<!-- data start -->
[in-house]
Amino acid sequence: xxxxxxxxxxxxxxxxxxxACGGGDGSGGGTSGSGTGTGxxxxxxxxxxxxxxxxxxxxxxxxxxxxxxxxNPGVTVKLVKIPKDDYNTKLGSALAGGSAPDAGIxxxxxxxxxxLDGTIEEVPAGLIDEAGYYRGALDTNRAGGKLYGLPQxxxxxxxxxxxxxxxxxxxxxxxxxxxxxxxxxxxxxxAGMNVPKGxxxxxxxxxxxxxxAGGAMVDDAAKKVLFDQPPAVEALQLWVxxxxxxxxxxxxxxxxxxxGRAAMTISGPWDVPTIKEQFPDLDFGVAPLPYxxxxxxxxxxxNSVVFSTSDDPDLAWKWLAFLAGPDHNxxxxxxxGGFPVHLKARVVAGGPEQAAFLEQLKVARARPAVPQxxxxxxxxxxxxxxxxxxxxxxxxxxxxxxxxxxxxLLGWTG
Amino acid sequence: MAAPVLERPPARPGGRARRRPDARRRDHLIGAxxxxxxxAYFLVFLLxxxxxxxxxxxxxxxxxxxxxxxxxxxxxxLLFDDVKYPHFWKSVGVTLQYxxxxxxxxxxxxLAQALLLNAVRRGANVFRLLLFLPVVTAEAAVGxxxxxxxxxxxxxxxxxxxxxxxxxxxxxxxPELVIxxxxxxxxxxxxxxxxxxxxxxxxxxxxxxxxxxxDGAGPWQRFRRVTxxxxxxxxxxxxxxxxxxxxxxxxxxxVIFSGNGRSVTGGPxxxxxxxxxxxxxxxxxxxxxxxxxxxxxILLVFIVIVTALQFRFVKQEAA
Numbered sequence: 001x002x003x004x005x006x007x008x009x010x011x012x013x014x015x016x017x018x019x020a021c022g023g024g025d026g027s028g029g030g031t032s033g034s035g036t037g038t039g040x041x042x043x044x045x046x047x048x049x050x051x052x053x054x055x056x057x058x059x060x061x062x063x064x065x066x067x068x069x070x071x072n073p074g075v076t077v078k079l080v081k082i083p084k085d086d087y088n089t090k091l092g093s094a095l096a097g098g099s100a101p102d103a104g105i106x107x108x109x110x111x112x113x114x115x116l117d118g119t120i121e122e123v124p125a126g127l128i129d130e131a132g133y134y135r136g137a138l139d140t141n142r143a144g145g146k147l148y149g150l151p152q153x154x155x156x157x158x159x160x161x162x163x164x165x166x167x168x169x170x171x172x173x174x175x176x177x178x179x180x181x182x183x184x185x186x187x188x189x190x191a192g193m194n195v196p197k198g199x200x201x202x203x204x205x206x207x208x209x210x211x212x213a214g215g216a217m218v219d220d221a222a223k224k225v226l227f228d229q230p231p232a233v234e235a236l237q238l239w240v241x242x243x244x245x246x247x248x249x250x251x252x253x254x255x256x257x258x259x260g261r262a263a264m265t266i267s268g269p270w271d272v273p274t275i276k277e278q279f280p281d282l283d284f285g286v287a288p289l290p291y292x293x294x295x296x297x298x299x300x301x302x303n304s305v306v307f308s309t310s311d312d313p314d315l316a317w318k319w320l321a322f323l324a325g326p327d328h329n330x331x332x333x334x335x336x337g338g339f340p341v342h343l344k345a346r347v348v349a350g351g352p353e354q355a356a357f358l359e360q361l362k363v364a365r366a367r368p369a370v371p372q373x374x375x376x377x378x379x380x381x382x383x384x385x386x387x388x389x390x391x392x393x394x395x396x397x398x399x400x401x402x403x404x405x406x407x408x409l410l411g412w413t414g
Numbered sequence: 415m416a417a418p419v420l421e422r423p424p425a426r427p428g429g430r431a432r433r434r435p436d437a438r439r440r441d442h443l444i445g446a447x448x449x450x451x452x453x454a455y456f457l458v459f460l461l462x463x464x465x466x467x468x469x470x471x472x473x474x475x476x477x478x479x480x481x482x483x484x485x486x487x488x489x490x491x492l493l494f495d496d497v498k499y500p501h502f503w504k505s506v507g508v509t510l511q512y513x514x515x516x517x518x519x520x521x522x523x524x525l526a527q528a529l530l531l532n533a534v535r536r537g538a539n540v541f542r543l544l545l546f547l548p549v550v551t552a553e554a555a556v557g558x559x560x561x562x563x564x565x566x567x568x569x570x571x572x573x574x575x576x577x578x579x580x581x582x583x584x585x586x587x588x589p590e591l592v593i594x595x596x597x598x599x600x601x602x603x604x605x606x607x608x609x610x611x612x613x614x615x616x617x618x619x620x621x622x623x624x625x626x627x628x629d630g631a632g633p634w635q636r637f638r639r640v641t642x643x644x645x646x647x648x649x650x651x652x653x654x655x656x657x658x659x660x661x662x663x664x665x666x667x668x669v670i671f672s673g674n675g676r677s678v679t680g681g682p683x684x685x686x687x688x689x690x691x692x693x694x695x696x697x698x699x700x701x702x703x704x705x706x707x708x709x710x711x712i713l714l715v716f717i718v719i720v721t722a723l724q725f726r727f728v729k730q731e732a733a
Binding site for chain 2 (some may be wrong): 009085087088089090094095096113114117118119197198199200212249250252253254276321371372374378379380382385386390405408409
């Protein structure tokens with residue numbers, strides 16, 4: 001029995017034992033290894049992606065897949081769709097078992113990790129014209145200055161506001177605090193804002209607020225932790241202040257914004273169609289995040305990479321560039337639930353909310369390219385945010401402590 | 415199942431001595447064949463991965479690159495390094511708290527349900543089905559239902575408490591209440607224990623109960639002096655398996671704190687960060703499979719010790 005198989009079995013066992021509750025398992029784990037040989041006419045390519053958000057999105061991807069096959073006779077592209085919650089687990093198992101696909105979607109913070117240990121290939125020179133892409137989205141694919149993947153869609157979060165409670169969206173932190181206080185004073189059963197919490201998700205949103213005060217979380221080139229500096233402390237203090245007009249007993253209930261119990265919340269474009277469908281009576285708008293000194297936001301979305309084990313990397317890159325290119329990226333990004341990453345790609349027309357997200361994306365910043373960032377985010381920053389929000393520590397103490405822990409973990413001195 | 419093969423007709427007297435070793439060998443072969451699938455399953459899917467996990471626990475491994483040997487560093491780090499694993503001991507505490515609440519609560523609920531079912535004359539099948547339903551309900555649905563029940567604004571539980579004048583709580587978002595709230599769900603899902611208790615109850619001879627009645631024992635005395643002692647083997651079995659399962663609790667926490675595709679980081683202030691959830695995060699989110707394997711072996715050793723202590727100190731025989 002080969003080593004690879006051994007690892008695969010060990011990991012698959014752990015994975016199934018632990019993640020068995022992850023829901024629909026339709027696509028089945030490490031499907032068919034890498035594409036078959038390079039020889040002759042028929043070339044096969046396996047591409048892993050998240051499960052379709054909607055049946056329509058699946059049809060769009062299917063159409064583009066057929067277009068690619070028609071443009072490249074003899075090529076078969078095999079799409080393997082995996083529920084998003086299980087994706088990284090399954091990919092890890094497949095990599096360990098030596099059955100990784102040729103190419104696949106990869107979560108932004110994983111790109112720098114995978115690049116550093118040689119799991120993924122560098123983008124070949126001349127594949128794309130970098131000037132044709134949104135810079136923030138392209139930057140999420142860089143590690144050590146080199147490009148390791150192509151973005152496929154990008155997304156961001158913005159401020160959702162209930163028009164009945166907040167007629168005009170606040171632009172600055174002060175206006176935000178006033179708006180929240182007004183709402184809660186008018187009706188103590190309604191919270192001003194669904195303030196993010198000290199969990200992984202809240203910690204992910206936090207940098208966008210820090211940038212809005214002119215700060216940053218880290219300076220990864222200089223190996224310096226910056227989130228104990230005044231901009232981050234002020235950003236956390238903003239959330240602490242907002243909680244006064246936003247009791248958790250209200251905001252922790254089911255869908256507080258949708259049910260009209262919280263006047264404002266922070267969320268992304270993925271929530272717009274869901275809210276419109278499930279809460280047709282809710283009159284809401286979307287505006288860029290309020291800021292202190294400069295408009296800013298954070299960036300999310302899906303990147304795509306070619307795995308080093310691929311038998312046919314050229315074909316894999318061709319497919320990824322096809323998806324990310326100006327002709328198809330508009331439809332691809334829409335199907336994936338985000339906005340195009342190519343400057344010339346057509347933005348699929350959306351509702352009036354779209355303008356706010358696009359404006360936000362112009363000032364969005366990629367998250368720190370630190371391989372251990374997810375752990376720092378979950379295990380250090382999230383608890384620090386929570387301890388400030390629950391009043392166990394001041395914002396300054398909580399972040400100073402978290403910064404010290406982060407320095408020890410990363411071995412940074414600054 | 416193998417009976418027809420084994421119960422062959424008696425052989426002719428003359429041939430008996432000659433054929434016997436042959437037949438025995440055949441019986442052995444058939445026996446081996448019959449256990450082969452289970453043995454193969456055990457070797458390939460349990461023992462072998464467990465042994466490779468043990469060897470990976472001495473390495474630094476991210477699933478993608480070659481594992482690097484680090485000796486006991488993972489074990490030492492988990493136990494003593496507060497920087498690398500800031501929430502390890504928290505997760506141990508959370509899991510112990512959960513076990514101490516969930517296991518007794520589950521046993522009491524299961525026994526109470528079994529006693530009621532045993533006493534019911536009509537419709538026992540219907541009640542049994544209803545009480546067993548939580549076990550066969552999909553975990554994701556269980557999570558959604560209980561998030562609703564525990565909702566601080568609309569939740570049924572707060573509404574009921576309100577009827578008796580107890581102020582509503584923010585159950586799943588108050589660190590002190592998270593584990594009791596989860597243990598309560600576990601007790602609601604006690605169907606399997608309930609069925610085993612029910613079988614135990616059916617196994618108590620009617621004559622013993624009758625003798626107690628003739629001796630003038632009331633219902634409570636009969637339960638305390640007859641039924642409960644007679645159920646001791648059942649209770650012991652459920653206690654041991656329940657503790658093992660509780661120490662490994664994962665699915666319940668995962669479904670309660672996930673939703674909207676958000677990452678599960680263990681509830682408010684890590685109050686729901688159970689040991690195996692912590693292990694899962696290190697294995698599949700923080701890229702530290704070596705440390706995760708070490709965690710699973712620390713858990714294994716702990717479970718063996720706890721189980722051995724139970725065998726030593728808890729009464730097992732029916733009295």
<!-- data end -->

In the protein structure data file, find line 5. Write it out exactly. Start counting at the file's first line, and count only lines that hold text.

Numbered sequence: 415m416a417a418p419v420l421e422r423p424p425a426r427p428g429g430r431a432r433r434r435p436d437a438r439r440r441d442h443l444i445g446a447x448x449x450x451x452x453x454a455y456f457l458v459f460l461l462x463x464x465x466x467x468x469x470x471x472x473x474x475x476x477x478x479x480x481x482x483x484x485x486x487x488x489x490x491x492l493l494f495d496d497v498k499y500p501h502f503w504k505s506v507g508v509t510l511q512y513x514x515x516x517x518x519x520x521x522x523x524x525l526a527q528a529l530l531l532n533a534v535r536r537g538a539n540v541f542r543l544l545l546f547l548p549v550v551t552a553e554a555a556v557g558x559x560x561x562x563x564x565x566x567x568x569x570x571x572x573x574x575x576x577x578x579x580x581x582x583x584x585x586x587x588x589p590e591l592v593i594x595x596x597x598x599x600x601x602x603x604x605x606x607x608x609x610x611x612x613x614x615x616x617x618x619x620x621x622x623x624x625x626x627x628x629d630g631a632g633p634w635q636r637f638r639r640v641t642x643x644x645x646x647x648x649x650x651x652x653x654x655x656x657x658x659x660x661x662x663x664x665x666x667x668x669v670i671f672s673g674n675g676r677s678v679t680g681g682p683x684x685x686x687x688x689x690x691x692x693x694x695x696x697x698x699x700x701x702x703x704x705x706x707x708x709x710x711x712i713l714l715v716f717i718v719i720v721t722a723l724q725f726r727f728v729k730q731e732a733a